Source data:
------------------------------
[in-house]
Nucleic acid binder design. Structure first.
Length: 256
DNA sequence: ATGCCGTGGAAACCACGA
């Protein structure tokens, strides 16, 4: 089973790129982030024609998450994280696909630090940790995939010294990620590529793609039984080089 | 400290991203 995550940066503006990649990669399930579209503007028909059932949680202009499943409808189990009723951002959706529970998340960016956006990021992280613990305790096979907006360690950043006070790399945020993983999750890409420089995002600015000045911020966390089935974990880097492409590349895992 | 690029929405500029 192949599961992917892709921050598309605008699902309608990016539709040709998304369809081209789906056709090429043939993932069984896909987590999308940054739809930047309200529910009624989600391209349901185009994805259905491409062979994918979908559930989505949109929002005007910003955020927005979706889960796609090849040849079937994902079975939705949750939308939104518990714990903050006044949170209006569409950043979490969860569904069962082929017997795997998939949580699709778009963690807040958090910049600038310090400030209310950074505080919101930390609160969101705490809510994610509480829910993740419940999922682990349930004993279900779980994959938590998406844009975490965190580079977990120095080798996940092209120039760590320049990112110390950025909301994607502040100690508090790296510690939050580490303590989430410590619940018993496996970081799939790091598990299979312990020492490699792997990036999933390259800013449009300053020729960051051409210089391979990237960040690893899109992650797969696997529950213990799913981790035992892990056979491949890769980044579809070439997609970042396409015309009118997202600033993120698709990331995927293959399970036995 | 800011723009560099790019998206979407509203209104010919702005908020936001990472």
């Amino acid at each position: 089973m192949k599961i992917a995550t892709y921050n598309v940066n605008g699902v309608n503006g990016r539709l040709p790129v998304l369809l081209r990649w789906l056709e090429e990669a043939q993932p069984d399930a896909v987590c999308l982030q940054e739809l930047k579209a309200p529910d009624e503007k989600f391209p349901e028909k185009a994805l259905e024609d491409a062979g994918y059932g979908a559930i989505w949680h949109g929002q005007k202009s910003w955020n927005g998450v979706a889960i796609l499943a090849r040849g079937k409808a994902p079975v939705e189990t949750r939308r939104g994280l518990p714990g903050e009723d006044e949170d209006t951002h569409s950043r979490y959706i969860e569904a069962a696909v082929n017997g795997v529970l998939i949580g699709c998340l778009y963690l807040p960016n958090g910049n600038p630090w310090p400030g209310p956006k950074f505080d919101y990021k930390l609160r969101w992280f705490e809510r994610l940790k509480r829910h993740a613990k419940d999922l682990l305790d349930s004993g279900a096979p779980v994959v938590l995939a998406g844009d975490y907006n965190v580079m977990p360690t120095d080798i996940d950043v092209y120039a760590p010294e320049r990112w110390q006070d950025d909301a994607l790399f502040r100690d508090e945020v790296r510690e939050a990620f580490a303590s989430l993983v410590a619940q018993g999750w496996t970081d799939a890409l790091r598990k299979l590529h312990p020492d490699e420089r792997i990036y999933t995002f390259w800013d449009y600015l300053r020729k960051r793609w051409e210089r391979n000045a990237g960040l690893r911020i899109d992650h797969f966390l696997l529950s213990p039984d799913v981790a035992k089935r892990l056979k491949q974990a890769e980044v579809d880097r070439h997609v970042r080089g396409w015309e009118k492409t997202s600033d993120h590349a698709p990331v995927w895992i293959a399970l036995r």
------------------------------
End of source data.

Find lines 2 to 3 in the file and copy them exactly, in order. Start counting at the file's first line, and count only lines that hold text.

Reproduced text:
Nucleic acid binder design. Structure first.
Length: 256